- The Washington Times - Thursday, May 24, 2001

The political civility that President George W. Bush committed himself to restore in Washington took a major hit late Monday night in the U.S. Senate. As midnight rapidly approached, the Democratic leadership and Sen. Hillary Rodham Clinton conspired to quash a genuinely humanitarian gesture by Democratic Sen. Joe Biden. At the time, the Democratic leadership was in the process of demanding votes on scores of amendments to the 11-year, $1.35 trillion tax-relief compromise meticulously developed in a bipartisan fashion in the Senate Finance Committee. Many of the amendments, known in advance to be futile gestures, were mischievously crafted. Their purpose was merely to delay its passage beyond the Memorial Day weekend set by Mr. Bush as his goal. Meanwhile, the Democratic leadership intensified its efforts to woo Republican renegade Sen. James Jeffords, perhaps with an eye toward delaying the much-needed tax relief longer still.
Late Monday night, Mr. Biden graciously offered to allow 98-year-old Republican Sen. Strom Thurmond, who was obviously exhausted, to go home to sleep. By offering to "pair off" with Mr. Thurmond, meaning that both would leave the floor, Mr. Biden would have ensured that their departure would not have changed the outcome of any vote. It is a practice that has a long tradition in the U.S. Senate. Indeed, for votes conducted on the same day, Democratic Sen. Daniel Inouye had agreed in advance to remain on the sidelines so that Republican Sen. Ted Stevens could deliver a speech at his granddaughters high school graduation in Alaska.
Mr. Biden approached Minority Leader Tom Daschle, Assistant Minority Leader Harry Reid and Mrs. Clinton to inform them of the deal he had made. A two-minute discussion ensued during which the three Democrats talking with Mr. Biden appeared very "serious," according to a Republican aide who observed the brief meeting. Mr. Daschle said he told Mr. Biden to approach 86-year-old Democratic Robert Byrd and attempt to "pair" him off with Mr. Thurmond. Mr. Byrd declined the offer. Mr. Biden then approached Mr. Thurmond, who has been hospitalized several times this year, and Republican Sen. Phil Gramm, who had earlier been party to Mr. Bidens humanitarian gesture. No deal, Mr. Biden told them. Indecent and shameful are just a few of the words brought to mind by the actions of the Senates Democratic leadership.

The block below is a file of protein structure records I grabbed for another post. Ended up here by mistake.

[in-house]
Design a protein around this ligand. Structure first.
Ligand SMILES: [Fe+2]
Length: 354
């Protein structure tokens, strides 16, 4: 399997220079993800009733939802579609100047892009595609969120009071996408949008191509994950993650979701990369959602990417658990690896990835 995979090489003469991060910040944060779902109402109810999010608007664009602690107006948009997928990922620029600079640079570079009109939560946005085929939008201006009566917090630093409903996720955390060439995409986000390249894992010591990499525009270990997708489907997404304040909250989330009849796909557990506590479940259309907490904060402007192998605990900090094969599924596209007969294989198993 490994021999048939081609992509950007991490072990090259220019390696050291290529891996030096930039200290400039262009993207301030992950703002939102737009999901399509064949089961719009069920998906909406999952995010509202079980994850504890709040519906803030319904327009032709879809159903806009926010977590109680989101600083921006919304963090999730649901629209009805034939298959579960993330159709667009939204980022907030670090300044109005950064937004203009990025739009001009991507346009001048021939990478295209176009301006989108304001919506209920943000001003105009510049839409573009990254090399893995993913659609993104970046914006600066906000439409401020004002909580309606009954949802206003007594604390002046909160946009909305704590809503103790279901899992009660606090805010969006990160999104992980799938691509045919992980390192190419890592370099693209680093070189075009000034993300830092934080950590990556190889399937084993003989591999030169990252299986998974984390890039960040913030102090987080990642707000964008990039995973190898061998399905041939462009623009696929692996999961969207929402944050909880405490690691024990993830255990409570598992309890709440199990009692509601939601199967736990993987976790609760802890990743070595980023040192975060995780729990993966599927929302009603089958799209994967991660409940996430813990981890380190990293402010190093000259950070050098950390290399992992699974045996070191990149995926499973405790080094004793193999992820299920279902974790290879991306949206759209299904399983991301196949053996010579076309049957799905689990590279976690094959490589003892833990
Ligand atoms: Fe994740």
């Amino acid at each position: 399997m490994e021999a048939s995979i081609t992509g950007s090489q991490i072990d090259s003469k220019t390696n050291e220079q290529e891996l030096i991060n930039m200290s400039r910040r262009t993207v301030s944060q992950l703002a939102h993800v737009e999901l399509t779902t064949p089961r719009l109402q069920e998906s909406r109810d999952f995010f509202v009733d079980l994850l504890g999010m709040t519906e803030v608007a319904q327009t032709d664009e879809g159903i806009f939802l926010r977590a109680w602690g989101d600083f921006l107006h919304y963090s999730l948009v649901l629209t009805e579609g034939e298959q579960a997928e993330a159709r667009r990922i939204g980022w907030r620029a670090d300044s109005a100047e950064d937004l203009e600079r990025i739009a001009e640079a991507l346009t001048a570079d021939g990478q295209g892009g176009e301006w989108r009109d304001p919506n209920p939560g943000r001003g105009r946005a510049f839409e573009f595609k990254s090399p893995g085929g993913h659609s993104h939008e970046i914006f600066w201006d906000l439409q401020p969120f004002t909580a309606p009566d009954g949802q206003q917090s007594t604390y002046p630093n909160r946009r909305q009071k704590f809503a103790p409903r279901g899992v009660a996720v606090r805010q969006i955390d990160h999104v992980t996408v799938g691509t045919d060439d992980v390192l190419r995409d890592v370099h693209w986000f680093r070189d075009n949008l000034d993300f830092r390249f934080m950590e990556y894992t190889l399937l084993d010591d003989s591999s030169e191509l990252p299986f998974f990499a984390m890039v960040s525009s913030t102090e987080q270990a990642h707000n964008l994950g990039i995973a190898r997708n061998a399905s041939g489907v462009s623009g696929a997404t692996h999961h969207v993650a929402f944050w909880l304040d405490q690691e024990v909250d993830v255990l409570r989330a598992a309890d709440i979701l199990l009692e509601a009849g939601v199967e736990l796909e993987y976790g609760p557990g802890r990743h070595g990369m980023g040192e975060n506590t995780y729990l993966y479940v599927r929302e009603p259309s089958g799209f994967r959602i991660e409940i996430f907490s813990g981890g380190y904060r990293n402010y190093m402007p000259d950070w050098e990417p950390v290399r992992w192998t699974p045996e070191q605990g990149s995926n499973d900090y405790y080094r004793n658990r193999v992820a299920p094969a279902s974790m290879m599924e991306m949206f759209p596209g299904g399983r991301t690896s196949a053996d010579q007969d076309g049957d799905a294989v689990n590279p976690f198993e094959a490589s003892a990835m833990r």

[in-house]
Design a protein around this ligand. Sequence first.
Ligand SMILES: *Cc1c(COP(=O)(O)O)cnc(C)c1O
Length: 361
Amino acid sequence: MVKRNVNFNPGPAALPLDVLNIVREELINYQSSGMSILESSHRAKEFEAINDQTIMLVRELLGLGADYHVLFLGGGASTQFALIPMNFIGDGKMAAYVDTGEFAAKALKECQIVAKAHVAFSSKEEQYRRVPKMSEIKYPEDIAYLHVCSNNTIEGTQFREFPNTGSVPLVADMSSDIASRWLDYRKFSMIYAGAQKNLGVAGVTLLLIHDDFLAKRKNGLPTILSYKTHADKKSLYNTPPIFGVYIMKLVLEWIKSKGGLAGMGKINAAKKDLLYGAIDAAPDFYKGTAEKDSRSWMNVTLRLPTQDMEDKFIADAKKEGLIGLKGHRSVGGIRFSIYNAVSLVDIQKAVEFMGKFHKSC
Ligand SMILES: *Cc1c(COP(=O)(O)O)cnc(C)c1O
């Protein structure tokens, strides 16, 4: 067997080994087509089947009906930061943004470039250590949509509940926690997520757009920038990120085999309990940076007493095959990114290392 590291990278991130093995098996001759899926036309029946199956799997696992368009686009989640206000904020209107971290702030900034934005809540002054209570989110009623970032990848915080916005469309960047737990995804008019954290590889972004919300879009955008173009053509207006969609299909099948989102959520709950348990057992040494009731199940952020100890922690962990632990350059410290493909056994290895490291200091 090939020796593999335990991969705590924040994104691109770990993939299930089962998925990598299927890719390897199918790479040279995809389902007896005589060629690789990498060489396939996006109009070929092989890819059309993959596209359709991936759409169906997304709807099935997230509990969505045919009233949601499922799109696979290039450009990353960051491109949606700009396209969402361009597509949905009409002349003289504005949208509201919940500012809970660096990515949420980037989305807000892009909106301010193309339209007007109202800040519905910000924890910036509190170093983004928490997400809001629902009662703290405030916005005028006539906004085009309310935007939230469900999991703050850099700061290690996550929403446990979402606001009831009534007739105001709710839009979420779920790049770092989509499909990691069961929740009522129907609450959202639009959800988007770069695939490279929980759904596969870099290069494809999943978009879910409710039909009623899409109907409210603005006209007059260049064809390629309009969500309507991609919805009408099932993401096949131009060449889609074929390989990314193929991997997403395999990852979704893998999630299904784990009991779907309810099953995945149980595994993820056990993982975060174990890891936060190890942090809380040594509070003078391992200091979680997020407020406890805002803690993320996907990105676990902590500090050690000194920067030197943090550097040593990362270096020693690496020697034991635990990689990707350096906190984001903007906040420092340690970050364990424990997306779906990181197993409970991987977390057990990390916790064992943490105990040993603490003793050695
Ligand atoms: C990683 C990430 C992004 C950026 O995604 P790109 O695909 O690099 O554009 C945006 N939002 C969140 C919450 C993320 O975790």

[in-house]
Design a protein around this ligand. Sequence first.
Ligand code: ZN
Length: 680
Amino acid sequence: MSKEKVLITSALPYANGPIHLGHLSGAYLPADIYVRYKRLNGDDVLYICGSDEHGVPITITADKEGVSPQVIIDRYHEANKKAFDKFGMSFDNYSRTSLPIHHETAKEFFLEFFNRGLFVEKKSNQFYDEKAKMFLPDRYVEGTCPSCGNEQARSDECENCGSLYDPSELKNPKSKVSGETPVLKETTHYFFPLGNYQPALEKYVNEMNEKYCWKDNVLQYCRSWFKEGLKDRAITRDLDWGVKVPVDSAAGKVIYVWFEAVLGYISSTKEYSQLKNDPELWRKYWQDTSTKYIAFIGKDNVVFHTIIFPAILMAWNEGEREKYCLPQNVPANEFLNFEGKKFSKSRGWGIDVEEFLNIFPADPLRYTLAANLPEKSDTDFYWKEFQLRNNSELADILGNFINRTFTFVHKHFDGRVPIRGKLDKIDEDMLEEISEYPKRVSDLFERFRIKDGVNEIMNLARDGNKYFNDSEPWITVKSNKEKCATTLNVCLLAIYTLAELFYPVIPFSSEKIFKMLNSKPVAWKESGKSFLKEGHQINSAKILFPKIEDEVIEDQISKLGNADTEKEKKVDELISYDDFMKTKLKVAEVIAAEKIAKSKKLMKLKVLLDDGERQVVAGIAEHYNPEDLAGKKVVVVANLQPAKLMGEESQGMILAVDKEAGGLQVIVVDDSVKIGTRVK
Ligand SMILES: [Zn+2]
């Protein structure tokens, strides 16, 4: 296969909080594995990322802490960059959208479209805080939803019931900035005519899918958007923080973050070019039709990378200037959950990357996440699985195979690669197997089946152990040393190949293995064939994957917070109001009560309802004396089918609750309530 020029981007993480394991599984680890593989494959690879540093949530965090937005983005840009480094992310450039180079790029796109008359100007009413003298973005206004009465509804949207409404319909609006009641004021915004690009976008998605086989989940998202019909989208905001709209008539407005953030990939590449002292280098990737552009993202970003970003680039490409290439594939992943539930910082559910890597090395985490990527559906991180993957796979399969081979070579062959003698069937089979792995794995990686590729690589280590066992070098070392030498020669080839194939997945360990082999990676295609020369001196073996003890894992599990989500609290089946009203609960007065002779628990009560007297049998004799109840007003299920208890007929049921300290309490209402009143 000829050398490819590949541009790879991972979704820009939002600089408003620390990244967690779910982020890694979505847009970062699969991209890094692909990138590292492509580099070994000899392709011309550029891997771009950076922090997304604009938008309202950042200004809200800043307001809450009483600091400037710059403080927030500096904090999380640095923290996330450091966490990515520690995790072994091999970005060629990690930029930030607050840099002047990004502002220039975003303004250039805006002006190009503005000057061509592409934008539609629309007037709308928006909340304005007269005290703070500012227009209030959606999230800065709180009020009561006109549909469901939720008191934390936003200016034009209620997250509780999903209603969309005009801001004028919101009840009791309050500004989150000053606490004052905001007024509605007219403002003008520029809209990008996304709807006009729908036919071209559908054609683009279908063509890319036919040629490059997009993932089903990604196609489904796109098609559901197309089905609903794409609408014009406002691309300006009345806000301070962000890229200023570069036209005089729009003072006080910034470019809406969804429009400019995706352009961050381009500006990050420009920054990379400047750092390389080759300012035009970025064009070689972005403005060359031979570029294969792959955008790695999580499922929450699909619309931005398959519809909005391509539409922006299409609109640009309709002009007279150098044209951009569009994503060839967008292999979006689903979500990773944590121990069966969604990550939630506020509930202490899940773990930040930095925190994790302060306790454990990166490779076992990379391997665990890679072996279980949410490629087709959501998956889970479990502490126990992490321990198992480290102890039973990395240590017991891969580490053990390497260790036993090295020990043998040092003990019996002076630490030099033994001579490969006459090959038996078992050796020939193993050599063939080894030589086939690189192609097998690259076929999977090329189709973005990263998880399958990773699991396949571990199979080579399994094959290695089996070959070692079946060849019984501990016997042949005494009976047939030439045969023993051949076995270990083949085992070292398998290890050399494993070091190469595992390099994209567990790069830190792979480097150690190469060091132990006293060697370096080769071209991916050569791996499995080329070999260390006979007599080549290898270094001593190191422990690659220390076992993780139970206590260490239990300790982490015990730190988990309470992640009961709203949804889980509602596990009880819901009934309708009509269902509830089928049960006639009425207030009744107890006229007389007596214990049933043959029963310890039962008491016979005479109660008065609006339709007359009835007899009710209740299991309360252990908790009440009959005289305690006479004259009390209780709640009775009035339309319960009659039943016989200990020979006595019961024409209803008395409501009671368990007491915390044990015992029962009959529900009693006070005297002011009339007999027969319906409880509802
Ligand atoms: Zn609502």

Meanwhile, the delaying tactics continued throughout the next day and into the night. Numerous amendments offered by Democrats on Tuesday were virtually identical to the amendments that were defeated Monday. "Were in no rush," Mr. Daschle candidly admitted. Incoherently, Mrs. Clinton, who has shown little economic acumen since she suspiciously turned $1,000 into $100,000 in the cattle futures market during the late 1970s, argued that the bipartisan tax-relief proposal crafted in the Senate Finance Committee "has nothing to do with an economic policy."
Yesterday afternoon, 12 Democratics joined 50 Republicans to pass a bipartisan $1.35 trillion tax cut. A good ending to a disgraceful episode.


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